where A is a constant that depends on the properties of the material, E is the photon energy, E_{g} is the bandgap and γ is a constant that can take different values depending on the type of electronic transition, for a permitted direct transition γ = 1/2, a prohibited direct transition γ = 3/2, a permitted indirect transition γ = 2 and for a prohibited indirect transition γ = 3 [17,18]. Therefore:

h is the plank’s constant and c is the velocity of light.

For direct transition equation is

For an indirect transition the equation is

The direct band gap energy (E_{g}) for the ZnO nanoparticles is determined by fitting the reflection data to the direct transition equation F(R'α)^{2} vs E (eV). The exact value of the band gap is determined by extrapolating the linear part of the graphics to the axis of the abscissa. The direct band gap found to be 3.5 eV which is shown in

The average particle size present in the nanoparticles can be determined by using the mathematical model of effective mass approximation Equation (13) [19,20] where the particle size (r, radius) and peak absorbance wavelength (p) for monodispersed ZnO nanoparticles.

During the derivation of Equation (13), me = 0.26 mo, mh = 0.59 mo, mo is the free electron mass, ε = 8.5, and E_{g} bulk = 3.3 eV. The prepared ZnO nanoparticles show peak absorbance at 372 nm which corresponds to average particle size of 5 nm.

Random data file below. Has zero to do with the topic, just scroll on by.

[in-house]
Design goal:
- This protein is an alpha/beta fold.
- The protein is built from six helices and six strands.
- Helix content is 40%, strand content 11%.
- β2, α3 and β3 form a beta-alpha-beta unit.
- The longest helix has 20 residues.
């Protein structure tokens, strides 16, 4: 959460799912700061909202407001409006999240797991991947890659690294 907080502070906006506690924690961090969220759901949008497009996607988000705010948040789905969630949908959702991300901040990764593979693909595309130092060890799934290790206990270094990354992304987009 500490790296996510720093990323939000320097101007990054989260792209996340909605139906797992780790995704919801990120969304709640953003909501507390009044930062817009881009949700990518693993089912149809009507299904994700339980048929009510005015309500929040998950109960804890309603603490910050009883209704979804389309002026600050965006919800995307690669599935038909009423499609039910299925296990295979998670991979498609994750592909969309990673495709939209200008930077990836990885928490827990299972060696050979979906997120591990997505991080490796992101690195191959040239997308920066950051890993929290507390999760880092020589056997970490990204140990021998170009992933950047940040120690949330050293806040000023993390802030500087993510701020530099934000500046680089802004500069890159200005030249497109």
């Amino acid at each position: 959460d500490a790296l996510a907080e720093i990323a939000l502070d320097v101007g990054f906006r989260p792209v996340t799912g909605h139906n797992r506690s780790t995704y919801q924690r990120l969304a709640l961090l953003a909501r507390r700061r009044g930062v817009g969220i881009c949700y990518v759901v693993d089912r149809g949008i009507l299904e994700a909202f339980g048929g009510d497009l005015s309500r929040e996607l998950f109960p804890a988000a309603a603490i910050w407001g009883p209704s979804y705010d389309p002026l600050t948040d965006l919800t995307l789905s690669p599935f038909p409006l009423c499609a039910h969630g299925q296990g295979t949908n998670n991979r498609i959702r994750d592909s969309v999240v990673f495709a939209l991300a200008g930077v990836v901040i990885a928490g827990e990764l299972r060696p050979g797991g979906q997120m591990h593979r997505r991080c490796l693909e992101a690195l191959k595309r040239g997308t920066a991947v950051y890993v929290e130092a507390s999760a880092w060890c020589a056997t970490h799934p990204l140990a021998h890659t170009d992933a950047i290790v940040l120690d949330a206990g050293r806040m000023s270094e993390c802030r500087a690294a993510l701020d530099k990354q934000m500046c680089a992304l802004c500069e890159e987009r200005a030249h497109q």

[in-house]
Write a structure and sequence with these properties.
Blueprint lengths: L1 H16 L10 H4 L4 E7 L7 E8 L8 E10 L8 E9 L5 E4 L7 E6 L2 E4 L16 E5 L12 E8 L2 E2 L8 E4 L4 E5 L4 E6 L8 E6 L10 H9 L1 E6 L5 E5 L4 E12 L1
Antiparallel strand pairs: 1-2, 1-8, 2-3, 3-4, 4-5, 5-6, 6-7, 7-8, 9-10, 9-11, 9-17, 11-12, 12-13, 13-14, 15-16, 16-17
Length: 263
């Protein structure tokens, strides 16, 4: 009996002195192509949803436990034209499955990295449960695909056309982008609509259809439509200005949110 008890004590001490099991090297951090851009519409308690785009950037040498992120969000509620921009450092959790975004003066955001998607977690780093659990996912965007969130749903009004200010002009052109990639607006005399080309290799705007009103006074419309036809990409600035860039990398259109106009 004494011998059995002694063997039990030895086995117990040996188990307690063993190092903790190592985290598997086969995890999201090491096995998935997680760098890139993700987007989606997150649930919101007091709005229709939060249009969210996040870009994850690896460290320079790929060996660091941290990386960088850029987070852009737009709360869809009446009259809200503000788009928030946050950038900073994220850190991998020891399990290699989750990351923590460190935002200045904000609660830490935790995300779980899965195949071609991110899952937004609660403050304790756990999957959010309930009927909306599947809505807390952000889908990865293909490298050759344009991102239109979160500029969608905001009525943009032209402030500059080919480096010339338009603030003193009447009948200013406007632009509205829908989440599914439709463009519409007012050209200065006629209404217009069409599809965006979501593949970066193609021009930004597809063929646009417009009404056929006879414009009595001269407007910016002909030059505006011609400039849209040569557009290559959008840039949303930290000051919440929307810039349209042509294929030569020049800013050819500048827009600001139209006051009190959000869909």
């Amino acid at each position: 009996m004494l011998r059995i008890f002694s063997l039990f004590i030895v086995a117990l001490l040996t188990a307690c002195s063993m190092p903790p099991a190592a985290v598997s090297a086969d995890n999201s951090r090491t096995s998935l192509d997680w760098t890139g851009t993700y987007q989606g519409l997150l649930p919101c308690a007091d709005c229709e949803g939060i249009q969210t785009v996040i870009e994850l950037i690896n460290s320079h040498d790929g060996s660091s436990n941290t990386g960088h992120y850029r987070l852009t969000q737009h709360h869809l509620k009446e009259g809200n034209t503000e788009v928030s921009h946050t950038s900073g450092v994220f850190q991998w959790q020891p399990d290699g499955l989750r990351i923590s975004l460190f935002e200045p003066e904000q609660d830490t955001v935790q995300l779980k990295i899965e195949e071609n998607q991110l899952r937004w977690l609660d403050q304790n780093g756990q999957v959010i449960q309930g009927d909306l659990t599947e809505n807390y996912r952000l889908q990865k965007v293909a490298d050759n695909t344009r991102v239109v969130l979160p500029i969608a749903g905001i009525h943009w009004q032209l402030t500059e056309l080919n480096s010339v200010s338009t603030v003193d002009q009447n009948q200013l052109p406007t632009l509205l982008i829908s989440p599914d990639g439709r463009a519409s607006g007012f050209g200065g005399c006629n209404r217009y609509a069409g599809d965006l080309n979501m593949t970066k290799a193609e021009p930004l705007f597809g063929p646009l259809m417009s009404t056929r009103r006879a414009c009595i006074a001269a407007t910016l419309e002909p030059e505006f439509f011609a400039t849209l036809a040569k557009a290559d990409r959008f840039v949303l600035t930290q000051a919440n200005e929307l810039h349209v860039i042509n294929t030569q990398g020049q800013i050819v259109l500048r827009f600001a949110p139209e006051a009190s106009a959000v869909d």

Typical TGA and DTA curves of the prepared sample powder are subjected to 8000 C are shown in the

In the

The scanning electron microscopy studies were undertaken for the sample and the image is shown in the

From the dark field TEM

In this paper we have reported the synthesis of ZnO nano powder by fast and efficient combustion method. Using XRD data crystallite size is calculated as 21 nm which are in good agreement with TEM results. Further analysis showed that synthesized ZnO nano powder has the pure wurtzite structure with hexagonal phase. From TG/DTA weight loss was calculated to be 2.8385% which revealed that sample has high purity. Particle Analyzer supported the XRD calculations of crystallite size. SEM picture showed that particles were arranged on one another.